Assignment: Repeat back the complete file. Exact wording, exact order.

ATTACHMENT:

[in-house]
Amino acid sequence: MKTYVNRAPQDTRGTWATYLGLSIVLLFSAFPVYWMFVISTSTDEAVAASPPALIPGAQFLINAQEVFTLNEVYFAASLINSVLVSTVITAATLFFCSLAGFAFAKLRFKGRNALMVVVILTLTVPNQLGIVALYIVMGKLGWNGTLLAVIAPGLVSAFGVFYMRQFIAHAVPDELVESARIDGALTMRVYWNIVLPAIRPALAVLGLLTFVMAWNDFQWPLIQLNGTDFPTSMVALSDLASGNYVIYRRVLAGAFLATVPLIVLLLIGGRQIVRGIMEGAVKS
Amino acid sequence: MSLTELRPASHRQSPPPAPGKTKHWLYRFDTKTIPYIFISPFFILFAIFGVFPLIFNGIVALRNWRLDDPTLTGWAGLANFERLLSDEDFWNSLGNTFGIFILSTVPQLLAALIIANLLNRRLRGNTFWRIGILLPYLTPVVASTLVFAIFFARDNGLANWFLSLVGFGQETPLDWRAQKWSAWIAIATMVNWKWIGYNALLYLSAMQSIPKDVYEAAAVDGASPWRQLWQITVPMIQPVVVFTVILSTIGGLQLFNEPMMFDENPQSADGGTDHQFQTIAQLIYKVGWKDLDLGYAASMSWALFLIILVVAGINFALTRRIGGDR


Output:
[in-house]
Amino acid sequence: MKTYVNRAPQDTRGTWATYLGLSIVLLFSAFPVYWMFVISTSTDEAVAASPPALIPGAQFLINAQEVFTLNEVYFAASLINSVLVSTVITAATLFFCSLAGFAFAKLRFKGRNALMVVVILTLTVPNQLGIVALYIVMGKLGWNGTLLAVIAPGLVSAFGVFYMRQFIAHAVPDELVESARIDGALTMRVYWNIVLPAIRPALAVLGLLTFVMAWNDFQWPLIQLNGTDFPTSMVALSDLASGNYVIYRRVLAGAFLATVPLIVLLLIGGRQIVRGIMEGAVKS
Amino acid sequence: MSLTELRPASHRQSPPPAPGKTKHWLYRFDTKTIPYIFISPFFILFAIFGVFPLIFNGIVALRNWRLDDPTLTGWAGLANFERLLSDEDFWNSLGNTFGIFILSTVPQLLAALIIANLLNRRLRGNTFWRIGILLPYLTPVVASTLVFAIFFARDNGLANWFLSLVGFGQETPLDWRAQKWSAWIAIATMVNWKWIGYNALLYLSAMQSIPKDVYEAAAVDGASPWRQLWQITVPMIQPVVVFTVILSTIGGLQLFNEPMMFDENPQSADGGTDHQFQTIAQLIYKVGWKDLDLGYAASMSWALFLIILVVAGINFALTRRIGGDR